Guided imagery involves the whole body, the emotions, and the senses. The benefits of 10 minutes of guided imagery include reduced blood pressure and anxiety.
In my darker moments–when bills, work, and deadlines all conspire against me–I have a fantasy. In it, I return to a remote spot on the Mediterranean coast where gentle waves lap against a sleepy shoreline and vast, open skies arch overhead. Everything is blue, sensual, and calm.
As a woman of Western tradition, I am cynical about anything dappled with traces of the touchy-feely. So when a close friend suggested that I wash away tension with guided imagery–a healing technique that uses the power of the subconscious and imagination to elicit positive mind/body responses–I rolled my eyes.
Would this be one of those nutty fads in the Oprah-esque manifestation of positive thinking? Perhaps another pile of zealous psychobabble with only a dash of scientific proof? I thought so, until I experienced the healing properties of this therapy. Two years on, you can count me among the devotees.
What is Guided Imagery?
Guided imagery, a term often used interchangeably with visualization, is “the language used by the mind to communicate and make sense about the inner and outer worlds,” says Kathryn C. Shafer, a professor in the School of Social Work at the University of South Florida.
The power of the mind has been employed for centuries. It has also been observed in research studies in the form of the placebo effect, which occurs when a patient’s symptoms are changed in some way by a treatment, simply because the patient expects or believes that the treatment will work, even though no medication has been administered.
However, guided imagery is more complex than blind faith. “Instead, imagery involves the whole body, the emotions and all the senses, and it is precisely this body-based focus that makes for its powerful impact,” says Belleruth Naparstek, author of Staying Well with Guided Imagery (Warner, 1995).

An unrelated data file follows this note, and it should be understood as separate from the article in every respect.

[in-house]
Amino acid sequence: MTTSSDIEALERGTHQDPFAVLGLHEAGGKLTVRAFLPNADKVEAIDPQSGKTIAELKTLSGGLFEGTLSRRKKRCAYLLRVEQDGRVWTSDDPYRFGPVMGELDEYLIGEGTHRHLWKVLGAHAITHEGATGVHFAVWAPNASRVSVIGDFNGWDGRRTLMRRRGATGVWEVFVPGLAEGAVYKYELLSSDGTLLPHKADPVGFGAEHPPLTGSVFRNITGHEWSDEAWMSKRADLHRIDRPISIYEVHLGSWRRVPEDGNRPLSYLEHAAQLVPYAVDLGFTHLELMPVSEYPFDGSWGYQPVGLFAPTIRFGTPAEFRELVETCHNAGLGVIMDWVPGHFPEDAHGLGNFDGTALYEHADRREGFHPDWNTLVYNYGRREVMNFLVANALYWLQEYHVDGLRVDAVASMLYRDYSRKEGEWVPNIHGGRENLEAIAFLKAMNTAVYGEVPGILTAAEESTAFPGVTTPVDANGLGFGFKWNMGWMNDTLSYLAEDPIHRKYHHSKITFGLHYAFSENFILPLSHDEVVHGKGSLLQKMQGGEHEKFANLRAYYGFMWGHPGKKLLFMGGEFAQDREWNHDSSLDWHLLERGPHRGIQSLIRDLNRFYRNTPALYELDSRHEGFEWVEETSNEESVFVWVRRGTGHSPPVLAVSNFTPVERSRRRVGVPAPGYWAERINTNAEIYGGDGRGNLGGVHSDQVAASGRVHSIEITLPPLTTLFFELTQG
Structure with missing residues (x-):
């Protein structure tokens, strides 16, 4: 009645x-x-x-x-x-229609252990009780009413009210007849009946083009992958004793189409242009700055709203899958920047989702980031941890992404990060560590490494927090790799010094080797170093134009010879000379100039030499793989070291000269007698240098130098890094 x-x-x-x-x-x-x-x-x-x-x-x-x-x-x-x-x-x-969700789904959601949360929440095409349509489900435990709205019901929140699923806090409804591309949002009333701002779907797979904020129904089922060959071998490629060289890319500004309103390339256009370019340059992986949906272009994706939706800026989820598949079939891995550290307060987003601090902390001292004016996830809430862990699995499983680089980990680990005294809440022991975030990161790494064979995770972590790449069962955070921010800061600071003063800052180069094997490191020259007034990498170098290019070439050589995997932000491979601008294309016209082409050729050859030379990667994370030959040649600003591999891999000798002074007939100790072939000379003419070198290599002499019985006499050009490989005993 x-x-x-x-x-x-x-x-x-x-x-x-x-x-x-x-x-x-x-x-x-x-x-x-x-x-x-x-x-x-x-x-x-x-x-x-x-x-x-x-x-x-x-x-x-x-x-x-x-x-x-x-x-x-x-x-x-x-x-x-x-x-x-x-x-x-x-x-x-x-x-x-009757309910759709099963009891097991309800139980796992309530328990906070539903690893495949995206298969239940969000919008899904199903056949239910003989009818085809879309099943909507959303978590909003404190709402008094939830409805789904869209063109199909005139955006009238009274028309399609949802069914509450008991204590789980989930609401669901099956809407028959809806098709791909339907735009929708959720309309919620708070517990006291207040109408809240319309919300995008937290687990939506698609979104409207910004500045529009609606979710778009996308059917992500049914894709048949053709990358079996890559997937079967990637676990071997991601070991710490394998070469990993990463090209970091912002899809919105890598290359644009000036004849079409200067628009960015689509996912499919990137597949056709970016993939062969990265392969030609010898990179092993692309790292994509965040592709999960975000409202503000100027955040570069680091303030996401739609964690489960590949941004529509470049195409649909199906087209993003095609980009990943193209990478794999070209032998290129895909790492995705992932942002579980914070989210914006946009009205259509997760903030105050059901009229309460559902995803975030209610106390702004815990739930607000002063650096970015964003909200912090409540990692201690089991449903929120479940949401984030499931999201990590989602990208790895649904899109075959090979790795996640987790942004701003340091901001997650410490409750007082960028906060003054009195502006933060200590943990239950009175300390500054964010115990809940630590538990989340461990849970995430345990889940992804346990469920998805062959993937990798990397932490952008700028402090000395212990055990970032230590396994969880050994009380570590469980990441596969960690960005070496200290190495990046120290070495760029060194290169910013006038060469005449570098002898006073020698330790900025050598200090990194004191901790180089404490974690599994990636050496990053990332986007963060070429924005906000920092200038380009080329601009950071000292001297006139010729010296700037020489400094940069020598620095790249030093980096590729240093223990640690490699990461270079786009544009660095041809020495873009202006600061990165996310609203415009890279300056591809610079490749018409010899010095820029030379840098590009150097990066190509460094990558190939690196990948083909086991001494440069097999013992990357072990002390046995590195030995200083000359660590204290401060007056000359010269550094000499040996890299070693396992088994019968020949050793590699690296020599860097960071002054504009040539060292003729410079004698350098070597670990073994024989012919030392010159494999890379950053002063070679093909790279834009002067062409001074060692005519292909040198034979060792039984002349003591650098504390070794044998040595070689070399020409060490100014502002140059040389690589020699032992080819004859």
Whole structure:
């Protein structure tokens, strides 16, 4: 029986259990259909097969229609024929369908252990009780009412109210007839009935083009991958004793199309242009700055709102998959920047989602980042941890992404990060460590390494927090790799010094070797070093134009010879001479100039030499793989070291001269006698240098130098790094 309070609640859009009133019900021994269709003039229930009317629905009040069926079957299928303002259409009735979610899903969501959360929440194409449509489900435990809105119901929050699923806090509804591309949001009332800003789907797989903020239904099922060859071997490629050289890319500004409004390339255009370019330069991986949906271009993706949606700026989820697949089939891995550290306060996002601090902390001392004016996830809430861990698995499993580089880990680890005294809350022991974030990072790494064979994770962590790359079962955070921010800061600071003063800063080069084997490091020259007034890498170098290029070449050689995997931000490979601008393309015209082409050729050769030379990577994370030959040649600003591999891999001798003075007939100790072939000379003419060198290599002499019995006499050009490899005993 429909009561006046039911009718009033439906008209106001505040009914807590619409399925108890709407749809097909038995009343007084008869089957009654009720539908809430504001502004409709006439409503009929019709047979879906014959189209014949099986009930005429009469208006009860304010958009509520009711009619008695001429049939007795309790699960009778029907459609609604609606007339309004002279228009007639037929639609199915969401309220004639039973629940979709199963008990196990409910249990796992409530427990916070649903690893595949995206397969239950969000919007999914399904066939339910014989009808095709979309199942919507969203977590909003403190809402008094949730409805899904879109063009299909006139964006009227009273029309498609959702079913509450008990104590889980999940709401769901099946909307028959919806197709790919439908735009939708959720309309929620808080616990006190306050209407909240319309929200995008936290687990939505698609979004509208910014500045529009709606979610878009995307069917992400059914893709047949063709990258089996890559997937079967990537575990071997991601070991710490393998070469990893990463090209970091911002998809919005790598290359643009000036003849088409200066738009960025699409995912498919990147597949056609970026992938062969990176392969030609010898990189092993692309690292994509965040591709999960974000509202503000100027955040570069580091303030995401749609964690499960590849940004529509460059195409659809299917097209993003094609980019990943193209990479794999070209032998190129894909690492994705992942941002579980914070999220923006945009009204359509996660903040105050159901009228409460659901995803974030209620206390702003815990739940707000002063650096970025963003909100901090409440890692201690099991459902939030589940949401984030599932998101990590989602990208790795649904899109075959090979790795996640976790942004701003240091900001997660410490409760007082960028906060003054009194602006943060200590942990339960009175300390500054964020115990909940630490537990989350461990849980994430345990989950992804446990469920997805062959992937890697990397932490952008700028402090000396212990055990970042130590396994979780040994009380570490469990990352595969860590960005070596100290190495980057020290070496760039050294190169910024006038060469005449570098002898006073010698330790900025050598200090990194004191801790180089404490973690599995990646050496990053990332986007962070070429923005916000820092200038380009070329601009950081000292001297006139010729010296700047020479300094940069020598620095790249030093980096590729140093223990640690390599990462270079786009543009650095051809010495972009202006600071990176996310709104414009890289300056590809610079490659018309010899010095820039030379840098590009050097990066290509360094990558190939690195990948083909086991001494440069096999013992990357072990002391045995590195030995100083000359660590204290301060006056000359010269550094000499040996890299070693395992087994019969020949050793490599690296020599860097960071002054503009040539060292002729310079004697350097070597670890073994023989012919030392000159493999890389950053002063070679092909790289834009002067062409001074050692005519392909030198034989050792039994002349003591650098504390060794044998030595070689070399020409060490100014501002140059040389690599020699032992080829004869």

The Power of Guided Imagery
According to Naparstek, even 10 minutes of positive visualization can reduce blood pressure, lower cholesterol, heighten immune cell activity, accelerate weight loss, and reduce anxiety. A recent trial also showed that it reduced the need for painkillers among surgical patients.
Guided imagery is an ideal addition to any form of therapy, given the ease with which you can master its techniques and its lack of side effects. Following are some guidelines for incorporating guided imagery into your daily life.
Imagery is woven into the fabric of our everyday life. “We are visualizing every moment of our conscious day, even when we are fast asleep and dreaming,” says Dr. Georgianna Donadio, founder and director of the National Institute of Whole Health in New England. Whenever you find yourself daydreaming and feel a sense of comfort envelop your body, go with it, and allow yourself to relax for 10 to 15 minutes.
Most of us believe that we need to find a remote place, uninterrupted by the din of modern life, to slip into daydreaming. Not true. As Susan Gayle, behaviour modification specialist, states, “Focus, or inner concentration, is the key, and we can implement that anywhere–although it is not recommended during driving or operating machinery.”
Even when we are not consciously visualizing, our thoughts work like a tape recording playing over and over in our mind, conditioning our bodies to respond by producing the outcome that our persistent thoughts create.
Take charge of your thought patterns to produce positive, self-loving, healthy thoughts that will invite your immune system to stay healthy and strong. “Specific thoughts create specific neurotransmitters, which in turn create specific manifestations in our health–or disease,” says Dr. Donadio.
“The way to maximize visualization is to understand that what we are thinking about or imagining every minute of every day is what creates health or wellness.”
Seeing is Believing
The beauty of visualization is that your body has no way of discerning thoughts from actual experiences. The various neurohormones and chemicals that flood the bloodstream during comfort-inducing moments are reactivated when we consciously recall and visualize them.
Perhaps you can recall a time when you lay in the woods on a cool autumn day, listening to the murmur of the river, the crackling of the leaves, and the melodic sounds of birds. Remembering this can help you to feel a sensation of calmness and relaxation all over again.
Embrace the ritual of producing this serene state in your daily life, and it can have a powerful effect on your health. Rather than letting your surroundings determine how you feel, guided imagery gives you the power to control stress and enhance your life.